Built to last: Crafting new uses from discarded containers
February 18, 2022
In line with our ongoing student competition FuturArc Prize (FAP) 2022: Reinterpretation, we are highlighting projects that follow the theme. Submit your entries by 25 February 2022 and win cash prizes for the best proposals!
In recent years, effects from the COVID-19 health crisis has snowballed into a supply chain disruption around the world. In no small part, the delays are caused by a shortage of standardised 20-feet shipping containers: many companies are unable to find enough containers to ship their products. At the same time, out-of-use containers have been clogging up space at docks around the world, preventing more cargo from arriving and limiting the delivery volume. Since it is considered costlier for companies to repair them than to wait for new ones to arrive, many of these containers are eventually carted away to ‘graveyards’ where they are left to rust.
No material is invincible, but shipping containers are still more durable than most materials. They have been made out of Corten steel that can withstand extreme weather conditions at sea, with panels that were corrugated and reinforced for structural integrity. This longevity and modularity makes them an attractive choice of alternative building material, being repurposed as homes, retail malls and even storm shelters around the world.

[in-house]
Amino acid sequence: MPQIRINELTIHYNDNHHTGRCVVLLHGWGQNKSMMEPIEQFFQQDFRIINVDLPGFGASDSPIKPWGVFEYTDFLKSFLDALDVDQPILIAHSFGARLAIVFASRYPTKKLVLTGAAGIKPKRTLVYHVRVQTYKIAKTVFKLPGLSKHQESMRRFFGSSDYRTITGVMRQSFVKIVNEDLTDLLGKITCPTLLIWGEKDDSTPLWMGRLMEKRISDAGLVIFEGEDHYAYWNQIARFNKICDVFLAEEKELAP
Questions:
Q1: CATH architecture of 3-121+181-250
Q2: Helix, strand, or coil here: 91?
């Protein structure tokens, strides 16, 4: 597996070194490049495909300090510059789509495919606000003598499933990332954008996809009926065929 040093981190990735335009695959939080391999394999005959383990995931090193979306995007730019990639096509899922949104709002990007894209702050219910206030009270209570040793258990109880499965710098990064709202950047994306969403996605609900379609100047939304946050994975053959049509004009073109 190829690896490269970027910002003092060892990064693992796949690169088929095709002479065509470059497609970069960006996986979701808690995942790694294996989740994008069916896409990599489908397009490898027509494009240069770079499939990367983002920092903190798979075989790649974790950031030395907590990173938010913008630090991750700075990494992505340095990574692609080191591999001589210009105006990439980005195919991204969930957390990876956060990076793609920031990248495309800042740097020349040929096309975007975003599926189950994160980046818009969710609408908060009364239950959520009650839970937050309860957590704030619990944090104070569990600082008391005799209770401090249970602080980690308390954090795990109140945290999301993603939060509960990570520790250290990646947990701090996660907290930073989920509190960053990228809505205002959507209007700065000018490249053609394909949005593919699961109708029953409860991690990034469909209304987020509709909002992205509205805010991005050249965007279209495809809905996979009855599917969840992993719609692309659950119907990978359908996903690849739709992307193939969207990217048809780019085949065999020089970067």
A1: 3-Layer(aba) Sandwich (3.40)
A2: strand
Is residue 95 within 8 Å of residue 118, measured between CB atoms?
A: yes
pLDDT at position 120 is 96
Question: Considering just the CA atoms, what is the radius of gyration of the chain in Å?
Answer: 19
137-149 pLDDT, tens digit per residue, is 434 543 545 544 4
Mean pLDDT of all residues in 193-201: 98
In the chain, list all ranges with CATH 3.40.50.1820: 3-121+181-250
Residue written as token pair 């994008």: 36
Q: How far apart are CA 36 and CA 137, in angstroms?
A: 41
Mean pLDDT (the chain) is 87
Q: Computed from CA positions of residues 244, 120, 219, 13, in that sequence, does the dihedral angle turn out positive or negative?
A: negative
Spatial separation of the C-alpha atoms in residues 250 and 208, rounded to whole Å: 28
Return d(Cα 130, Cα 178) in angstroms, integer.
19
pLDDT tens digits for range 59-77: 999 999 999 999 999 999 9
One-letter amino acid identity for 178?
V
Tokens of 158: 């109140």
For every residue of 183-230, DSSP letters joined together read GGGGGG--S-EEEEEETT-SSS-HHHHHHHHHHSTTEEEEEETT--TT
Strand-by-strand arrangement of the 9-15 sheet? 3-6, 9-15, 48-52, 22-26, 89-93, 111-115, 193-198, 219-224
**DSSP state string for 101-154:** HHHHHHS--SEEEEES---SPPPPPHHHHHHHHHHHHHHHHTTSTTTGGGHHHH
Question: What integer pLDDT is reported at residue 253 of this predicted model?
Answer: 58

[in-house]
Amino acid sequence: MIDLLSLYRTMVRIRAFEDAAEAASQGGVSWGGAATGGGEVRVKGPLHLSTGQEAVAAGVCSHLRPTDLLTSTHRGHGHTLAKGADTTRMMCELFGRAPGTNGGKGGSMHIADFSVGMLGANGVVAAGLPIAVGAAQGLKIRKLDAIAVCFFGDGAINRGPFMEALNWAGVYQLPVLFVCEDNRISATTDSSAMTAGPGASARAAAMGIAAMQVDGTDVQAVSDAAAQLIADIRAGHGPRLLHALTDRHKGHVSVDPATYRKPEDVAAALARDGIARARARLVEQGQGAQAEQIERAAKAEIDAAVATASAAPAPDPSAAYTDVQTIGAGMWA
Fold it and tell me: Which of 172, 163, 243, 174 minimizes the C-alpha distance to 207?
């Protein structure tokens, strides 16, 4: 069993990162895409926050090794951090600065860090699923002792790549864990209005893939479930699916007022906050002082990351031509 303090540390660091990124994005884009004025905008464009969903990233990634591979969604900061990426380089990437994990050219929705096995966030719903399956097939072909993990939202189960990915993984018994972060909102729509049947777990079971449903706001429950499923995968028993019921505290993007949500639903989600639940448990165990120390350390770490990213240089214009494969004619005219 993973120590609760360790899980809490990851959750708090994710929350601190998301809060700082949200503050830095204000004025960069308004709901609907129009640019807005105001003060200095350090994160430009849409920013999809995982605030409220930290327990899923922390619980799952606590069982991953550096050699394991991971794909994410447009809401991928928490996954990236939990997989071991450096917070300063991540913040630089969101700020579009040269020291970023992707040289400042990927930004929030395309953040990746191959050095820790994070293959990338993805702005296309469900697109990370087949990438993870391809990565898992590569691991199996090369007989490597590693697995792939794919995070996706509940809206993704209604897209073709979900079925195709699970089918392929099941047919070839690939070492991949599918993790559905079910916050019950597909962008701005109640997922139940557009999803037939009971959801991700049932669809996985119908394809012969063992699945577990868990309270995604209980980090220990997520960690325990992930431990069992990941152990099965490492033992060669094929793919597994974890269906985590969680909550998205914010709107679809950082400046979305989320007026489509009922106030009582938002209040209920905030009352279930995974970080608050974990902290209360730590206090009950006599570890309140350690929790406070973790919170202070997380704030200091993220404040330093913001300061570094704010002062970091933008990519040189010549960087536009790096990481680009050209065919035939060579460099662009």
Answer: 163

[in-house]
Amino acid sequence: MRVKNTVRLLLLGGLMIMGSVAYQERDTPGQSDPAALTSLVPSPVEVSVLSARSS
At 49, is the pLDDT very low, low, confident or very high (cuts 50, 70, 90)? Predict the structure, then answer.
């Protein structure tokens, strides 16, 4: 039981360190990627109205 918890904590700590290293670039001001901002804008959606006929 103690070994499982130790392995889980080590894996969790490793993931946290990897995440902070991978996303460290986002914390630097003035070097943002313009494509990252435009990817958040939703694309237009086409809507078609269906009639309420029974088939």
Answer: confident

Below are several ideas of projects that have used shipping containers and adapted them to the climate and programmes needed in their specific context.
Mohalla Clinics: Bringing affordable medical services to neighbourhoods in Delhi
Salvaged shipping containers from various container yards in Delhi and Haryana have been repurposed to create Mohalla Clinics, providing a compact and portable primary healthcare solution for neighbourhoods in Delhi. In the first phase of deployment, two clinics have been installed in two urban settlements: Shakur Basti and Rani Bagh.
The clinic is fully equipped to support routine health checks, testing, and medicine purchasing. Two 20-foot-long containers were joined together to form a single clinic that includes an examination room, a reception and waiting area, a pharmacy accessible from outside, and a washroom. Its interior finishes were designed to be easy to maintain, including the anti-microbial vinyl flooring and medical-grade stainless steel countertops. Aimed at creating an optimistic and clean environment for patients, the interiors are thermally insulated for protection from heat and are lined with VOC-free plywood. Heat-resistant glass windows also allow the clinic to be naturally lit without excessive heat ingress.